"Things Is Looking Up"
Some may recall the 'Our Best to You' series, which Vose Galleries produced in 2002, 2008, and 2011. The series presented a notable selection of works of art from our inventory. We've decided to reinstate the series to celebrate works that we believe deserve special attention. This edition, written by Gallery Manager Courtney Kopplin, explores her research on The Source by John F. Carlson.
The old saying, those who can't do, teach, has been proven wrong by the successful painting-teaching careers of many American artists, and none more so in my mind than that of John F. Carlson, who thrived in both aspects of his profession. Carlson led classes at the Art Students League's summer school in Woodstock, New York, beginning in 1911, and went on to establish his own namesake school in town from 1922 until his passing in 1945. To bring his artistic philosophy to a wider student audience, he published a book in 1928 titled Elementary Principles of Landscape Painting, which, through several reprints over the decades, is still considered a bible of sorts to contemporary landscape painters. While his teaching career soared, Carlson's personal work - the tonalist winter scenes for which he is today best remembered - received glowing reviews when exhibited at top national venues, earning him prizes at the National Academy of Design and the Salmagundi Club, and a silver medal at the Panama-Pacific Exposition in 1915. His work now hangs in museums throughout the country, with several examples purchased by these institutions during his lifetime. The man could teach...and do!
Courtney Kopplin, Gallery Manager
Joining Vose Galleries in 2000, I embraced the opportunity to get up close and personal with so many paintings at once (museums frown on the up close part), and I discovered that I was partial to artists working in a tonalist manner, with Carlson a steady favorite. One of the more rewarding responsibilities of my current position is researching the lives of artists, and the provenance and exhibition history of the artwork that comes through our doors. When writing information sheets, I aim to include a direct reference to that particular painting from old articles or catalogues, or a tidbit or personal quote in the artist's usually cut and dried biography that reminds readers that he or she was a living, breathing person, a humanizing element so to speak. John Carlson's The Source allowed me to do both.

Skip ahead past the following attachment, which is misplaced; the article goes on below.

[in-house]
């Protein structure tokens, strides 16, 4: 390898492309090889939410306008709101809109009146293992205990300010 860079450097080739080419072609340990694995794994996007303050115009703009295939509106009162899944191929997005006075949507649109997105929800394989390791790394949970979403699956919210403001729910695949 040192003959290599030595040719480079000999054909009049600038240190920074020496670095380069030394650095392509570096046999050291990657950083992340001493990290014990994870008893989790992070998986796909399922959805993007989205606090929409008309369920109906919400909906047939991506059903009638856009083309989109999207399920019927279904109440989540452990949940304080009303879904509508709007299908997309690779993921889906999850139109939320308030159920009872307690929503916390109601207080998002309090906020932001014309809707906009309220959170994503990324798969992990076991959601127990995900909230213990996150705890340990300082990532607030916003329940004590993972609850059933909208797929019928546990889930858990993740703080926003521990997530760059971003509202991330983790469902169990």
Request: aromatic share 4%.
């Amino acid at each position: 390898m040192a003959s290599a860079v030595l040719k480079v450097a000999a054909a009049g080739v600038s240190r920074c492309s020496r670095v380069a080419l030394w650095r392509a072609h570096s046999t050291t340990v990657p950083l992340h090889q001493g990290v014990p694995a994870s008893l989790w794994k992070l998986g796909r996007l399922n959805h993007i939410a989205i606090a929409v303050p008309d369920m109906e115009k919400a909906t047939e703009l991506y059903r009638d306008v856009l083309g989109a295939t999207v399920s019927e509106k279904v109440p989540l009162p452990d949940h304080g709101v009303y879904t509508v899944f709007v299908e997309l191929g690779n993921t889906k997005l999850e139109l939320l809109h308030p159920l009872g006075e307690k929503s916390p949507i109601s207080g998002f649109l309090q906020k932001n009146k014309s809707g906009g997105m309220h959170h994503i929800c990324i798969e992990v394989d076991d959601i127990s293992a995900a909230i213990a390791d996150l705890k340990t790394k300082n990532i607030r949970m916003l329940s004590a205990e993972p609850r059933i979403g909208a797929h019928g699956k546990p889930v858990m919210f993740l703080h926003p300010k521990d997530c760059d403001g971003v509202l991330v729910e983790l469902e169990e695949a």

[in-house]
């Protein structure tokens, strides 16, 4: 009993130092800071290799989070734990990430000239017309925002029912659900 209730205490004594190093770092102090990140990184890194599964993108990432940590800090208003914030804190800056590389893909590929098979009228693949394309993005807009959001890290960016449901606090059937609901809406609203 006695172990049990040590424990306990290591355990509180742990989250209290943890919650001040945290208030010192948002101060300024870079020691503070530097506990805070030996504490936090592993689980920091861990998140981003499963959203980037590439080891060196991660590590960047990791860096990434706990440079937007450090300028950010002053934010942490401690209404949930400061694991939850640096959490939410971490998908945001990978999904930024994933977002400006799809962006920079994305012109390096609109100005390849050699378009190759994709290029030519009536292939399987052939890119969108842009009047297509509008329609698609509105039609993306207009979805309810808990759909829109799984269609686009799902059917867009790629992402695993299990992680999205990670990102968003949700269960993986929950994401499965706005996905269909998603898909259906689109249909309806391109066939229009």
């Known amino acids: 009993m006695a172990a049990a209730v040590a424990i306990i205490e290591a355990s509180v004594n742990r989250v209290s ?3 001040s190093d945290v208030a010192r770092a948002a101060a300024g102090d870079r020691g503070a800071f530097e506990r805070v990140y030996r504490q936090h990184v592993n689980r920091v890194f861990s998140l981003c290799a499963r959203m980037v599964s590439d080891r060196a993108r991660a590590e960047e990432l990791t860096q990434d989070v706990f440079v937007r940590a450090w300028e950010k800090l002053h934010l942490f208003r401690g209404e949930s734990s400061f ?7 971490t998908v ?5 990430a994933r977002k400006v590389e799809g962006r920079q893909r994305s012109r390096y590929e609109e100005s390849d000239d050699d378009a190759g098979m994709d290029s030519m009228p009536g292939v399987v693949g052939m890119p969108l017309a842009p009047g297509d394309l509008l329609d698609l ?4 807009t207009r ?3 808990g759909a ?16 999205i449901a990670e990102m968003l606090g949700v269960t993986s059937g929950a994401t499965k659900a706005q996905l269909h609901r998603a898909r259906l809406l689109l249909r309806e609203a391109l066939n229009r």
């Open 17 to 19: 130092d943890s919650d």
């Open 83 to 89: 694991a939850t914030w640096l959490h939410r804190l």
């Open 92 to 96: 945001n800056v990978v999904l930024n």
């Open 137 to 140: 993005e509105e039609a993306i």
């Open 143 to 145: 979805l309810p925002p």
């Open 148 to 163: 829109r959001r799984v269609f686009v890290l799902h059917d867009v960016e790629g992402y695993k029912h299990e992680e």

The painting is a blockbuster and as such was shown at the Pennsylvania Academy's 121st Annual Exhibition in 1926. On a lark, I searched the correspondence of Macbeth Gallery, Carlson's representative during his lifetime, which is available online through the Smithsonian's Archives of American Art, and discovered The Source sold from the show through Macbeth (a lucky find, as research projects often lead to rabbit holes and brick walls!) The letters between the artist and Macbeth's Robert McIntyre were a joy to read, with Carlson writing, "I consider it one of my very best. (Hell's fire an artist seldom knows when he has hit it)," and later thanking McIntyre upon hearing it sold with, "Hooray! Or as they say in Woodstock, 'things is looking up.' Needless to say, I was damn glad you were able to push this over, for the Gawds forsook me, for a while. It never rains but it pours." Amusingly, except for his bold signature, Carlson's typed letters are challenging to make out, and in jest McIntyre responded, "Let me suggest, now that you have made this addition to your exchequer, why not buy a little good ink for your typewriter." Needless to say, Carlson's subsequent note was fully legible and self-deprecating, commenting on the new ink as having "but one drawback, it cannot be easily erased, (which, in my amateurish stenography, is serious enough)."
John F. Carlson, The Source (detail), ca. 1924. Vose Galleries
John Carlson, The Source, ca. 1924, in its original Newcomb-Macklin frame. Vose Galleries